By Jeffrey R. Smith
"Is it safe?" That’s an important question for employees and employers when it comes to their workplaces. Safety is of utmost importance, because the last thing anyone in the workplace wants – or should, anyway – is someone getting hurt, or worse. Employers have legal obligations under occupational health and safety legislation to take all reasonable measures to ensure employee safety, the efforts must be ramped up if the job is has even more dangers than most.
Training is an important way to help safety efforts in the workplace. Employees who know what they’re doing and are familiar with the procedures in place to keep them safe are more likely to stay safe. And not providing the information and training necessary to increase safety is not going to be seen as reasonable efforts or due diligence if something happens.
This is particularly important for workplaces and occupations that feature complicated equipment and dangerous situations – such as police and other emergency services. These types of occupations also involve public safety, so the legal obligations and standards expected of employers in these services are very high. And if training, preparation, or procedures fail to meet the mark, then the consequences can be catastrophic.
The Royal Canadian Mounted Police detachment in Moncton, N.B., had a worst-case scenario happen back in 2014 when a gunman went on a rampage hunting police officers. The sgunman ended up killing three RCMP officers and wounding two others before the RCMP was able to collar him and stop the rampage.
The gunman was sentenced to life in prison with no chance of parole for 75 years. But the RCMP were charged with failing to provide officers with adequate use-of-force equipment and user training when it was discovered general-duty officers weren’t provided with carbine rifles that the force possessed. Witnesses reported that the rifles could have made a difference during the rampage and possibly prevented some of the officer fatalities.
The rifles were approved in 2011 but there were delays in implementing them over concerns about militarizing the force.
The New Brunswick Provincial Court convicted the RCMP charges and just recently ordered the force to pay a $100,000 fine along with $450,000 for charitable donations for scholarships at the University of Moncton and an education fund for the children of the officers who were killed.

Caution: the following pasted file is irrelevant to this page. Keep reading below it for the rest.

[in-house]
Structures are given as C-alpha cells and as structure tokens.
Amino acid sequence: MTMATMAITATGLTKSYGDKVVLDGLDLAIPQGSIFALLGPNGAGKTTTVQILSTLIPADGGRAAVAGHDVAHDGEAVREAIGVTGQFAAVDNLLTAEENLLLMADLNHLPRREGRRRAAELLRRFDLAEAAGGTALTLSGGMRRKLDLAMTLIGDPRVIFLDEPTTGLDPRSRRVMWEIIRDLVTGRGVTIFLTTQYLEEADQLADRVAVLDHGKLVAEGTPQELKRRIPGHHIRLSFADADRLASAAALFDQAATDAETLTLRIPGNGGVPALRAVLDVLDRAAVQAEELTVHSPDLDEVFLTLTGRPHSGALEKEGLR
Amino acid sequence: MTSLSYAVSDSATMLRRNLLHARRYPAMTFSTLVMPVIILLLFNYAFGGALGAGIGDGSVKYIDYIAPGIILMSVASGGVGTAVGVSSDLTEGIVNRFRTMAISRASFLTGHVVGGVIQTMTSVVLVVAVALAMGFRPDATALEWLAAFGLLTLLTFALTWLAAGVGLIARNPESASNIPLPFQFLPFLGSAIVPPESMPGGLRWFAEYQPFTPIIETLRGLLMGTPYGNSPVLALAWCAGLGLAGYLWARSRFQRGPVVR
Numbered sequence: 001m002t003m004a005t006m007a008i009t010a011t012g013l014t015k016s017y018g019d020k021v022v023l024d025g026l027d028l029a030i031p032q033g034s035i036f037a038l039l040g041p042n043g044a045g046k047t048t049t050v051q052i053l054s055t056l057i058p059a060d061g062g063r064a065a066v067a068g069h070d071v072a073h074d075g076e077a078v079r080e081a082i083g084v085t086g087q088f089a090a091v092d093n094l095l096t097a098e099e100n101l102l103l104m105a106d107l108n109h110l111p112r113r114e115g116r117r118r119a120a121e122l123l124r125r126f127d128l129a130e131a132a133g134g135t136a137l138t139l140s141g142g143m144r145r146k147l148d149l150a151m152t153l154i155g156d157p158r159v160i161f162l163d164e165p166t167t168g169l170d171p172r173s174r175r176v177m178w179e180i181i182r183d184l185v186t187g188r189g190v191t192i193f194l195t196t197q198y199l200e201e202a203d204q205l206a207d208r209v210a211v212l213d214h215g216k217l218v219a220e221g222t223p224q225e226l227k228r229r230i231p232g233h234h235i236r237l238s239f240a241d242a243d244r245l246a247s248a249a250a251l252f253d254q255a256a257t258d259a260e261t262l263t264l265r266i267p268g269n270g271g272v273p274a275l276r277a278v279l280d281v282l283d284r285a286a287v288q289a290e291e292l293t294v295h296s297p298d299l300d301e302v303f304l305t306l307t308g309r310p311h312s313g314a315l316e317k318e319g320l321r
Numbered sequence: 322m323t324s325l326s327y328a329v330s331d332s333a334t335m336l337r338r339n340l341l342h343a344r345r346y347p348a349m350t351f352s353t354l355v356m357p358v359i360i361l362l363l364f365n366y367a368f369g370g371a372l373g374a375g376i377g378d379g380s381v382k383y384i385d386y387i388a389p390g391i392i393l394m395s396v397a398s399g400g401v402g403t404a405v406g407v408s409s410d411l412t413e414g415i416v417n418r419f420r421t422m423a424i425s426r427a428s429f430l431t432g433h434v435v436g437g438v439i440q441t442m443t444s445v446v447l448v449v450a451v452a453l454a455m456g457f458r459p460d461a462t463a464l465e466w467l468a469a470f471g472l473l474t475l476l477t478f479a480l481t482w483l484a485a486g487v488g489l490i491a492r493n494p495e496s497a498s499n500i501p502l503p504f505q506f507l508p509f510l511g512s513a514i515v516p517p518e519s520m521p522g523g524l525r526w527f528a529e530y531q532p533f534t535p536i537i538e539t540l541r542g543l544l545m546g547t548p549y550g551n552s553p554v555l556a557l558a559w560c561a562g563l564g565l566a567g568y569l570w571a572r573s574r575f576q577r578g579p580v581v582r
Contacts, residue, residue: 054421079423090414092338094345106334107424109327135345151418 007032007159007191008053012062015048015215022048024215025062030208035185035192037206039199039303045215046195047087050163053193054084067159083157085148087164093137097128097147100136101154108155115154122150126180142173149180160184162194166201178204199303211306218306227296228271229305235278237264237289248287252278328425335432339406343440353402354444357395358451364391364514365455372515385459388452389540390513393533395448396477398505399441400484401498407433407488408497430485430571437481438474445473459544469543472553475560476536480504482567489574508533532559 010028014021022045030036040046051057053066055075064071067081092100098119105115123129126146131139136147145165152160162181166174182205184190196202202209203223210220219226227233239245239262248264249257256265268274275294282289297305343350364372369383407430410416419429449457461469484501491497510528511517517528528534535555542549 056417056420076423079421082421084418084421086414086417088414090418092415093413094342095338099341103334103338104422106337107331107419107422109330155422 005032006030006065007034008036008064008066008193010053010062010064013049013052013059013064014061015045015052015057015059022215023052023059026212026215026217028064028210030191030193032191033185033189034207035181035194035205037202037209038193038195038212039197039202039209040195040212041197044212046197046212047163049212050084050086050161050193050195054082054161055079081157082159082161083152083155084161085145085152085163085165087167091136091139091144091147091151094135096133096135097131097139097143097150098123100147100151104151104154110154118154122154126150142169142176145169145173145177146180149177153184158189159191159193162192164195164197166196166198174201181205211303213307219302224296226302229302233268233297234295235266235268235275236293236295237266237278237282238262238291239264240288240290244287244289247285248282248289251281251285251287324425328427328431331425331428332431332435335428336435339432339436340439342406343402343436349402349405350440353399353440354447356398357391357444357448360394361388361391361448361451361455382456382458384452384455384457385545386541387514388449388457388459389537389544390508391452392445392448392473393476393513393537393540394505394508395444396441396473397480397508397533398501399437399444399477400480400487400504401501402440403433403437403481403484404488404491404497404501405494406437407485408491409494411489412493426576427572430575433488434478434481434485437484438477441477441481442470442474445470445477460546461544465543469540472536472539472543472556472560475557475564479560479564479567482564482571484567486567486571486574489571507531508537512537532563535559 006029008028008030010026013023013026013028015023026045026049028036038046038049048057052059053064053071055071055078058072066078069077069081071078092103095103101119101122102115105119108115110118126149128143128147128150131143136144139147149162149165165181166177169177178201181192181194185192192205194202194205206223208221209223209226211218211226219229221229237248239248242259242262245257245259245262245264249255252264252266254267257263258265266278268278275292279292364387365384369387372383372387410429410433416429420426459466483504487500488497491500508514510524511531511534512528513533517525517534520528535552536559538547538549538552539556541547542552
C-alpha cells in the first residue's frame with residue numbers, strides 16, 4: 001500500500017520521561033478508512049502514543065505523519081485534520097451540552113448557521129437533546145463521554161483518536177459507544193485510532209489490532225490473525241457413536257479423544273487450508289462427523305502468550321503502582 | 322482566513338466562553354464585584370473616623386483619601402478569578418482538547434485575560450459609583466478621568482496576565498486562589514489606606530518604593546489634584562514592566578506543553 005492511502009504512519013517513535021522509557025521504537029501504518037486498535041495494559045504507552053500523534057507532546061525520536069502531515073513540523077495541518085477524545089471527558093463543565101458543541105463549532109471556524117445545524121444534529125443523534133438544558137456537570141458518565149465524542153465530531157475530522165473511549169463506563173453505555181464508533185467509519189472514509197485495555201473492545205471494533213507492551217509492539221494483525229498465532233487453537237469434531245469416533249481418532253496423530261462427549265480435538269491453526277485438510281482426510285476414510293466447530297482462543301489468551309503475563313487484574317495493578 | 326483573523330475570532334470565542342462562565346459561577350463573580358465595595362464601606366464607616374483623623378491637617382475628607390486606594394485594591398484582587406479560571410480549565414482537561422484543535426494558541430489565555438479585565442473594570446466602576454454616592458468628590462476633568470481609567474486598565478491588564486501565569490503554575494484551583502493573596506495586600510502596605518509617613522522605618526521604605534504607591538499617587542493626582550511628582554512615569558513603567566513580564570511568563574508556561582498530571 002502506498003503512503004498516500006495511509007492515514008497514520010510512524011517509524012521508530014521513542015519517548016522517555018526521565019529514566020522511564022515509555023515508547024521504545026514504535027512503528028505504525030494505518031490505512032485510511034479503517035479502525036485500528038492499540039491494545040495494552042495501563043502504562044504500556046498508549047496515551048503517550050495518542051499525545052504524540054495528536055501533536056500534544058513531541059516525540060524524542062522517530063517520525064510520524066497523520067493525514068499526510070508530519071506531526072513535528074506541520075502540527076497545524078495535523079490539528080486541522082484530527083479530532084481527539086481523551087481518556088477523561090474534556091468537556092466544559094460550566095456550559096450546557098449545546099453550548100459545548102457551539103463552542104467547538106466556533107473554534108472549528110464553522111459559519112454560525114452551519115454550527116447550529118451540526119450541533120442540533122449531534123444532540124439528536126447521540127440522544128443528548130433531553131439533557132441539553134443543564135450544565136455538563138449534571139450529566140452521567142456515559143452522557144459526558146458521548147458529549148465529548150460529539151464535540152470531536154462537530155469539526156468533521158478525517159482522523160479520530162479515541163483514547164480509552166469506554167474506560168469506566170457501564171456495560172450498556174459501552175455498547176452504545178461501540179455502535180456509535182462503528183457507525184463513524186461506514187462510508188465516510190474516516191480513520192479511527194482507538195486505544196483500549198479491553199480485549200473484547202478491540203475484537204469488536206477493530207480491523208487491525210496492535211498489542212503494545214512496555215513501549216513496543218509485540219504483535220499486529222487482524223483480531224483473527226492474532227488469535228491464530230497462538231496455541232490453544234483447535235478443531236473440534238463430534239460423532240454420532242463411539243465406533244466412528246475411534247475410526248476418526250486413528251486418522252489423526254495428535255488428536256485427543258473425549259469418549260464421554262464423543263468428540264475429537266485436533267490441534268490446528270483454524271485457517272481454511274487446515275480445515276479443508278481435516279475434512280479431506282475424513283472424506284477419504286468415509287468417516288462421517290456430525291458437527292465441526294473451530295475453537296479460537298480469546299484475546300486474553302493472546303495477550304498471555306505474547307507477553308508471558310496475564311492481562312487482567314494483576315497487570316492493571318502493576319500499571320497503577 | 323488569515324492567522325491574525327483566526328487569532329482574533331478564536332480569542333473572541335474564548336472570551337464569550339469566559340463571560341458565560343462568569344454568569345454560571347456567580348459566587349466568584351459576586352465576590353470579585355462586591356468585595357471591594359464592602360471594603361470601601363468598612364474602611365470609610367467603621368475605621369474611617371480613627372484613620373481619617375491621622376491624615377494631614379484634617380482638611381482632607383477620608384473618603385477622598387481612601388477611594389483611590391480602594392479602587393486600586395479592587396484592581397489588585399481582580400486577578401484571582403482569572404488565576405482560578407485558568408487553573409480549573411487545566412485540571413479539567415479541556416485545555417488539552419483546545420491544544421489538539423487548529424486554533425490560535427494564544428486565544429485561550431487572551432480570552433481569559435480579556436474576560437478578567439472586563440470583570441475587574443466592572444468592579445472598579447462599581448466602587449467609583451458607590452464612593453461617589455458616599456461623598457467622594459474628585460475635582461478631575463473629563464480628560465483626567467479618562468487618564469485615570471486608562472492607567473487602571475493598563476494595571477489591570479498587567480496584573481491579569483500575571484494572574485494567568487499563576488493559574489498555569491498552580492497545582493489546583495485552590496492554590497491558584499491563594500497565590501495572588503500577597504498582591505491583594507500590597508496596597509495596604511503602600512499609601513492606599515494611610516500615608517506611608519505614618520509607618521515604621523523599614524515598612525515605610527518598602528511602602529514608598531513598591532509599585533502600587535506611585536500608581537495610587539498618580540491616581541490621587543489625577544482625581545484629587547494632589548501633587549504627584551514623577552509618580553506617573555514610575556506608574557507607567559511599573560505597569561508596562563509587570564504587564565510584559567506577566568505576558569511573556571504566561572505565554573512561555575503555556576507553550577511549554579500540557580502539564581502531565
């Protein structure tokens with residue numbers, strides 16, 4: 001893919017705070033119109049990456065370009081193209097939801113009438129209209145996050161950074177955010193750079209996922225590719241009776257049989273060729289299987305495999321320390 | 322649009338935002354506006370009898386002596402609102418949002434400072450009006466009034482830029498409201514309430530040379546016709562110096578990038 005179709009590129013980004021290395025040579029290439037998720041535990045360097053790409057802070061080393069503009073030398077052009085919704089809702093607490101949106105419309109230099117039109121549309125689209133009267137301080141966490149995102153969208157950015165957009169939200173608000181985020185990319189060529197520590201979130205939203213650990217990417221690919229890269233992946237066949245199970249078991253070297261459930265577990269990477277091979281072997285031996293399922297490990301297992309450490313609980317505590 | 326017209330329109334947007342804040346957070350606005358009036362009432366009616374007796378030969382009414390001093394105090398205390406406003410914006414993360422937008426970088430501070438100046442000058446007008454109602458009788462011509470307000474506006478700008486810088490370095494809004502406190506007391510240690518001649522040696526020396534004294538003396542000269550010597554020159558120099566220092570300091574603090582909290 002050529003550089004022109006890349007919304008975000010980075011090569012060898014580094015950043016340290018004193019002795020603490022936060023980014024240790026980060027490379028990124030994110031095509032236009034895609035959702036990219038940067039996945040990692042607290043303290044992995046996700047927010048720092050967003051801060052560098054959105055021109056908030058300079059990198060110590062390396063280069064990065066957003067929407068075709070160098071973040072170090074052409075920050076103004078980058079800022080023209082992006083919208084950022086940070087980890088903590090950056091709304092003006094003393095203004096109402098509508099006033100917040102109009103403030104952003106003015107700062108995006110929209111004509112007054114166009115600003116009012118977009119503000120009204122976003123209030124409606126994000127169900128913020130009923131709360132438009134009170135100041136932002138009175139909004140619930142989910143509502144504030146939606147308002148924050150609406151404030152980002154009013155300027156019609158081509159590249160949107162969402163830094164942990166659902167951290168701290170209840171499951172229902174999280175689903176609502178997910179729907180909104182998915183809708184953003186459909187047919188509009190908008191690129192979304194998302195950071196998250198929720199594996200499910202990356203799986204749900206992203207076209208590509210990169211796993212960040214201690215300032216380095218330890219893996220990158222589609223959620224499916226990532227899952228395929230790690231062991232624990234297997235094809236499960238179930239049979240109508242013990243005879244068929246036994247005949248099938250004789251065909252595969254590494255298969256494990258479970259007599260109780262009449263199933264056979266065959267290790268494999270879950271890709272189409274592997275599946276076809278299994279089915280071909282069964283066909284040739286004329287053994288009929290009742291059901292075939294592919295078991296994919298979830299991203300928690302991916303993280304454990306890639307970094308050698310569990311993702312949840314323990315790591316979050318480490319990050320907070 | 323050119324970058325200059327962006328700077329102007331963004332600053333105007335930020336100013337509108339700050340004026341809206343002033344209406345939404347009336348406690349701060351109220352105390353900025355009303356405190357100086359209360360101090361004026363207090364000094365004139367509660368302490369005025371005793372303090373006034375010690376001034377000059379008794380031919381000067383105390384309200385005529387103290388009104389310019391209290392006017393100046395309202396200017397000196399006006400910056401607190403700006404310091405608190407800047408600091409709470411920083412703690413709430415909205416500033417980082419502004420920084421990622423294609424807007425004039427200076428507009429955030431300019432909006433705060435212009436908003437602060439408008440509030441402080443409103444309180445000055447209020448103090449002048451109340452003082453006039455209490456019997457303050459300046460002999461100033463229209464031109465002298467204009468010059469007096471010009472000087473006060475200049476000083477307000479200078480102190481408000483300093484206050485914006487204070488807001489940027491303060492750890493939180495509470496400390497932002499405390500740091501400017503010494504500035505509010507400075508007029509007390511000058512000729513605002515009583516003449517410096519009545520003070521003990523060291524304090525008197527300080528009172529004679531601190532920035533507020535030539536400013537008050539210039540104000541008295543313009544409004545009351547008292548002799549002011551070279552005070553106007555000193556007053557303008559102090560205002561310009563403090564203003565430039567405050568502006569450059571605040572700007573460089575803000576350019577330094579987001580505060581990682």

It’s a big fine, but that’s often the case when safety violations result in fatalities. And employers such as police forces have a high duty of care when it comes to the safety of employees when the nature of the job frequently puts them in danger. In this case, when there were rifles available that could have helped in a situation like this, it makes sense that not providing officers who are on the front lines every day and are most likely to face those circumstances with them and the training to use them should be seen as not taking all reasonable precautions to ensure their safety. And ensuring the safety of the officers in these circumstances also mean ensuring the safety of the general public.
The good thing that has come out of the tragedy is that the RCMP seems to have taken this to heart and has taken measure to increase the safety of general duty officers. A report on the incident made 60 recommendations and, according to the judge in the case, the RCMP has acted on 56 of them.
The police and other emergency services exist to protect the public. But it’s more difficult for them to do this if their own employers don’t do everything reasonable to protect them. These services have a high standard when it comes to on-the-job safety, and that’s how it should be. We want our emergency services to be focused on providing help and protection to us, not asking their bosses, "Is it safe?"
Jeffrey R. Smith is the editor of Canadian Safety Reporter
and Canadian Employment Law Today
, sister publications of COS.